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travel

Hoi An, Vietnam

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Hoi An, Vietnam

We're trying desperately to catch up on our posts--so the next few will be predominately photos.  Hope you don't mind. Here are a bunch of pictures from the tourist trap of Hoi An.  It was beautiful (probably why it is such a tourist trap).  Hoi An is also a UNESCO World Heritage Site and is supposed to be pretty close to what ancient Southeast Asian port cities would have looked like long ago.  Minus the gaggles of white folks and merchants selling souvenirs, I suppose.  Without further ado, the pictures:

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Cao Dai Temple -- Ho Chi Minh City, Vietnam

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Cao Dai Temple -- Ho Chi Minh City, Vietnam

It was the first time I had seen a wild monkey. Ashley and I got off the bus, leaving the comfort of air conditioning behind for the insane heat reflecting off the massive amounts of blacktop surrounding the temple.  Strangely, everyone's first thought was, "I need to go to the bathroom."  My first thought was, I need to get back on the bus.  But maybe that was just me.

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Ho Chi Minh City, Vietnam

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Ho Chi Minh City, Vietnam

Now that we are finally settled down here in Sa Pa, I feel like I now have enough time to sit down and recap our travels thus far in Vietnam. We arrived in Ho Chi Minh City on the 20th of May around 10:00 am. The temperature was 99 degrees Fahrenheit with 60% humidity. When we stepped out of the airport it was like walking into a sauna! There were tons of people hanging out around the entrance. Taxi drivers,  bus drivers, hotel greeters, and tour guides, but mostly families waiting to be reunited with loved ones. As we made our way to bus 152, people were staring us down like zoo animals. I think their eyes were mostly fixated on Sophie. Vietnamese people adore Sophie for some reason.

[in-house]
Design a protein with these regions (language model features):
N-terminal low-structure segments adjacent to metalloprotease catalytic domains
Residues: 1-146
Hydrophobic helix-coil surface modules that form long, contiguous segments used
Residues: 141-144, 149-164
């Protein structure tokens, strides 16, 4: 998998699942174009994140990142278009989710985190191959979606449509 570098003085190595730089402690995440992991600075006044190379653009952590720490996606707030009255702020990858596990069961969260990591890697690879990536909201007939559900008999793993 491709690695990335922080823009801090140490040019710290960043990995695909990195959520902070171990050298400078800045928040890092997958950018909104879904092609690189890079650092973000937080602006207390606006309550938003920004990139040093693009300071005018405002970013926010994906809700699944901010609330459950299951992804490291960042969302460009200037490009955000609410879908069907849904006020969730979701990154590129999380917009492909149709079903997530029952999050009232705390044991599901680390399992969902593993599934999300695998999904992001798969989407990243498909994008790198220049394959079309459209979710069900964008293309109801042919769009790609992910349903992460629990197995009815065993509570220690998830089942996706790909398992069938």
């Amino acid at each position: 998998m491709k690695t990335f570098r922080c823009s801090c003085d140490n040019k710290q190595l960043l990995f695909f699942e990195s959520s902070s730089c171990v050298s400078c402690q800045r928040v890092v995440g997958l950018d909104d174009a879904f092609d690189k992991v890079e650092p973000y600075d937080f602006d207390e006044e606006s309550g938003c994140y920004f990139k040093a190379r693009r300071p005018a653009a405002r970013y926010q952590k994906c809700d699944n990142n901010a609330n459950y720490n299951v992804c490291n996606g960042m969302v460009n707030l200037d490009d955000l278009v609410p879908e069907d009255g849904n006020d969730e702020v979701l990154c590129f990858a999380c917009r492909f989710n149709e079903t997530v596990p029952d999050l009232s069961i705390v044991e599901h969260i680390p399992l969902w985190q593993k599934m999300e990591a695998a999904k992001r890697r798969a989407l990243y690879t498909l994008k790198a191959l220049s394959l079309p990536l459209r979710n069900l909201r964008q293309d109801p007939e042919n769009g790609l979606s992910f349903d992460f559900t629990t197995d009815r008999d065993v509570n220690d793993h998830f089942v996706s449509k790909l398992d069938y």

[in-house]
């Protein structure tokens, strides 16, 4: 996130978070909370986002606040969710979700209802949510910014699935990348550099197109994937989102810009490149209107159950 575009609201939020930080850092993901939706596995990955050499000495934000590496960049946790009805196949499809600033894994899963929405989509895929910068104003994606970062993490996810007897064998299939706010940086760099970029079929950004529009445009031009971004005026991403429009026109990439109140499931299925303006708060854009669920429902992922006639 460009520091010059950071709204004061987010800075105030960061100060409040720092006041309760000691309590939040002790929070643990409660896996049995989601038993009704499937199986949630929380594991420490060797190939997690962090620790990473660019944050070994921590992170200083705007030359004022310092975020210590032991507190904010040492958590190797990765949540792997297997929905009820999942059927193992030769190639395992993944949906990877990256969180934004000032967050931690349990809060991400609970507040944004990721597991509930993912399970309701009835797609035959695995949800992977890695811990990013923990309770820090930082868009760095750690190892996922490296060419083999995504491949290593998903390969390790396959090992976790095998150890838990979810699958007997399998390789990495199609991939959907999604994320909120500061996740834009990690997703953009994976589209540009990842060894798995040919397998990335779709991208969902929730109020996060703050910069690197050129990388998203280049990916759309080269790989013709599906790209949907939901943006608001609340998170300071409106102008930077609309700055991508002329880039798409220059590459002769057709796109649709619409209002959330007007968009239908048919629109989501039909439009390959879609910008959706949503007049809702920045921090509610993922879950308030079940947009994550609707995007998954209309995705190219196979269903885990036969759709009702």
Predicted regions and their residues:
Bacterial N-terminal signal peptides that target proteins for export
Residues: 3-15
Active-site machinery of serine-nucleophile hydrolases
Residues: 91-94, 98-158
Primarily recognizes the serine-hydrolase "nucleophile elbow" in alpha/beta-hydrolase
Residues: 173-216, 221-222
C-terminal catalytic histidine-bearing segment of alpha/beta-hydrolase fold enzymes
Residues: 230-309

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Coyote Gulch

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Coyote Gulch

To close off the summer season with the best of the best, we decided to backpack Coyote Gulch. It was probably one of the coolest places I've ever been; towering high walls and breathtaking narrows. Every turn of the canyon had a new and amazing feature that you couldn't help but photograph. We hiked about 31 miles in and out and it took us about 3 days and two nights in the dessert. Talk about big difference from hiking and camping in the High Uintas.

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